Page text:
Building trust in virtual teams. The 2 type of trust essential to managing virtual teams effectively.

virtual teams are built on trust

Team building is an essential leadership skill. No matter if you are leading a management group, a sales team or a development project, you want to make sure that everyone is working together towards a commonly agreed goal. That takes trust, communication and cohesion and a shared goal.

Covid also created a need for remote working, bringing virtual teams into the mainstream. Many companies struggled to maintain a coherent culture, especially with new hires, because traditional teams became virtual teams with little consideration of how management and leadership needed to change to accommodate the lack of social interaction.


With an increasingly globalised workforce, virtual teams are fast becoming the norm because they are cost efficient, bring a diversity of skills and approaches and, in simple terms, make the working day a lot longer!

But they bring their own special set of problems and can be very difficult to manage well. The proper use of technology can overcome the socialisation issues, but only if used well and correctly.

What is a virtual team?

A virtual team is one that relies on electronic rather than personal communications to co-ordinate and communicate. So emails, phone calls and forums try to fulfil the role of face to face meetings, but people are intrinsically social and can feel isolated without the ability to form relationships and communicate with their peers.

virtual teams can feel isolated

Each team has a leader responsible for performance, co-ordination and the fostering of trust within the team, These teams can be temporary or permanent. However, the time dimension is important, so short term and long term teams have different needs as the type of relationship and depth of trust needed are different.

However, they are not always effective. MIT Sloan’s research found that 82% of teams fell short of their goals, so what can we do to improve this?

The importance of trust in virtual teams

Most researchers agree that trust is one of the fundamental drivers for team effectiveness. We need to believe that everyone around is working towards the same goal and is mutually supportive. Trust is based on relationships, we need to understand the people we work with and know what they are capable of.

For traditional teams working together this is easy. We probably know them already, have socialised at work and may know them socially. Unfortunately this is not possible when managing virtual teams.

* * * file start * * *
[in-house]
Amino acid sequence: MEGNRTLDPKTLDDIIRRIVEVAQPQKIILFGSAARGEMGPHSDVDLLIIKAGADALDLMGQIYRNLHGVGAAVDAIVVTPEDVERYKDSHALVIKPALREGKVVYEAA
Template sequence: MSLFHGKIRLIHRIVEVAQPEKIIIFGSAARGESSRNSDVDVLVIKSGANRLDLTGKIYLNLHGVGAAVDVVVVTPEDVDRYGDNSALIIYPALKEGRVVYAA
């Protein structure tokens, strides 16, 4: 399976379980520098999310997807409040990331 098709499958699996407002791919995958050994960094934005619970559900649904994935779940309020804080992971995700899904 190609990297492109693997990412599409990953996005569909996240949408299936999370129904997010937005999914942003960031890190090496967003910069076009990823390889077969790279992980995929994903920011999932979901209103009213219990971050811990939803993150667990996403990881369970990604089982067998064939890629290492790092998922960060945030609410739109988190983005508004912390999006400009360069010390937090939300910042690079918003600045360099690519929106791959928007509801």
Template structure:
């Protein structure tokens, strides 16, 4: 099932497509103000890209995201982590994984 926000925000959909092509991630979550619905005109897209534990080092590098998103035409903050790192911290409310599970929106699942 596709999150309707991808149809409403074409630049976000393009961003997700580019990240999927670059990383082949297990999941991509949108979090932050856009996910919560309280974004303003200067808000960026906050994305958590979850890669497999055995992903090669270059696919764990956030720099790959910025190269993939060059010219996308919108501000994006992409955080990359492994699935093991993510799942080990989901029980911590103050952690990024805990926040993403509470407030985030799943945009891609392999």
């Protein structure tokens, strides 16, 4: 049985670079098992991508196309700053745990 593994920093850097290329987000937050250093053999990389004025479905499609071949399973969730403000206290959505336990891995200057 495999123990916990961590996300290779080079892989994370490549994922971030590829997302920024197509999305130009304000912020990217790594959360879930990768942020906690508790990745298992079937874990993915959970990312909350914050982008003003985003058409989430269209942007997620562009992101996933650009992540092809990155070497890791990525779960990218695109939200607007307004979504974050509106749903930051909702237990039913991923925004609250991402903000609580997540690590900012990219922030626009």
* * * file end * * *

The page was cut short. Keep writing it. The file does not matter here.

So does this mean we need to build social events and bring everyone together to make virtual teams effective? Well, no, it depends on the type of team and how long they need to work together.

What is trust?

Trust is built between virtual team members based on their perception of the ability, integrity and benevolence, coupled with their intrinsic propensity to trust. So this means that each team member is making an assessment of the others in the group, based on evidence and cues that they pick up from any communications and stimulus that they receive, meaning the communications methods available must be capable of sharing this level of information.

We also need to recognise that there are two types of trust, one, cognitive is based on a rational assessment of performance and abilities of individual team members. The other is affective and stems from the emotional connection we have with people around us.

Cognitive trust develops faster but is relatively weak, but affective trust is stronger and longer lasting, hence, for short term projects, building cognitive trust is sufficient. but to build longer term bonds, affective trust needs to be nurtured as it means that team members will become more invested in the relationships and the team.

Building affective relationships requires personal relationships, and as social interaction can be non-existent  in Virtual teams, this is a significant challenge. The lack of social, face to face contact increases the level of miscommunication which can be that both the overall objectives of the team and the day to day interactions can be misunderstood.